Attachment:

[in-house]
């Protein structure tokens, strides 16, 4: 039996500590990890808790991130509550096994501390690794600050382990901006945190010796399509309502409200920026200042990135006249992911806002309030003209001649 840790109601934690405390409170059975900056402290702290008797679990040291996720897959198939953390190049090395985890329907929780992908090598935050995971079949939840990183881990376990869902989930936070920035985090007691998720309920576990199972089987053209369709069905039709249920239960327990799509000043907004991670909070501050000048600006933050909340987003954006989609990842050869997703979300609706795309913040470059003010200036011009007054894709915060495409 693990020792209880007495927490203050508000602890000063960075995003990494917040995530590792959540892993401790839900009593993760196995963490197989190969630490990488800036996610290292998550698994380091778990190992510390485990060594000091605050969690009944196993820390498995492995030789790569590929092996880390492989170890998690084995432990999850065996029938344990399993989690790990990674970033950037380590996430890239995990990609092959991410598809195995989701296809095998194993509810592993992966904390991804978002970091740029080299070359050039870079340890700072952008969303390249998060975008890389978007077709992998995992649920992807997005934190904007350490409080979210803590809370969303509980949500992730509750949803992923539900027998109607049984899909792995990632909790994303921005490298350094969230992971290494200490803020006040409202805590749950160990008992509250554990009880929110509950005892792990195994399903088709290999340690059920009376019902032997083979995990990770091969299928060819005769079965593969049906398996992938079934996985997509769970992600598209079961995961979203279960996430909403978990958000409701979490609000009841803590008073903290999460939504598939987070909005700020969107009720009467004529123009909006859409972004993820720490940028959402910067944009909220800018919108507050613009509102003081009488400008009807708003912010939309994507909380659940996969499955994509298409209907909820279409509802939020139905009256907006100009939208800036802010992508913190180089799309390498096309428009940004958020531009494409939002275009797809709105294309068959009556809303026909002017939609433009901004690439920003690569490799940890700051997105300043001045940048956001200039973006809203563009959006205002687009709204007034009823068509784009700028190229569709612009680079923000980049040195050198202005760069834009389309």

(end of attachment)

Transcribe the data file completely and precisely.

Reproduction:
[in-house]
């Protein structure tokens, strides 16, 4: 039996500590990890808790991130509550096994501390690794600050382990901006945190010796399509309502409200920026200042990135006249992911806002309030003209001649 840790109601934690405390409170059975900056402290702290008797679990040291996720897959198939953390190049090395985890329907929780992908090598935050995971079949939840990183881990376990869902989930936070920035985090007691998720309920576990199972089987053209369709069905039709249920239960327990799509000043907004991670909070501050000048600006933050909340987003954006989609990842050869997703979300609706795309913040470059003010200036011009007054894709915060495409 693990020792209880007495927490203050508000602890000063960075995003990494917040995530590792959540892993401790839900009593993760196995963490197989190969630490990488800036996610290292998550698994380091778990190992510390485990060594000091605050969690009944196993820390498995492995030789790569590929092996880390492989170890998690084995432990999850065996029938344990399993989690790990990674970033950037380590996430890239995990990609092959991410598809195995989701296809095998194993509810592993992966904390991804978002970091740029080299070359050039870079340890700072952008969303390249998060975008890389978007077709992998995992649920992807997005934190904007350490409080979210803590809370969303509980949500992730509750949803992923539900027998109607049984899909792995990632909790994303921005490298350094969230992971290494200490803020006040409202805590749950160990008992509250554990009880929110509950005892792990195994399903088709290999340690059920009376019902032997083979995990990770091969299928060819005769079965593969049906398996992938079934996985997509769970992600598209079961995961979203279960996430909403978990958000409701979490609000009841803590008073903290999460939504598939987070909005700020969107009720009467004529123009909006859409972004993820720490940028959402910067944009909220800018919108507050613009509102003081009488400008009807708003912010939309994507909380659940996969499955994509298409209907909820279409509802939020139905009256907006100009939208800036802010992508913190180089799309390498096309428009940004958020531009494409939002275009797809709105294309068959009556809303026909002017939609433009901004690439920003690569490799940890700051997105300043001045940048956001200039973006809203563009959006205002687009709204007034009823068509784009700028190229569709612009680079923000980049040195050198202005760069834009389309």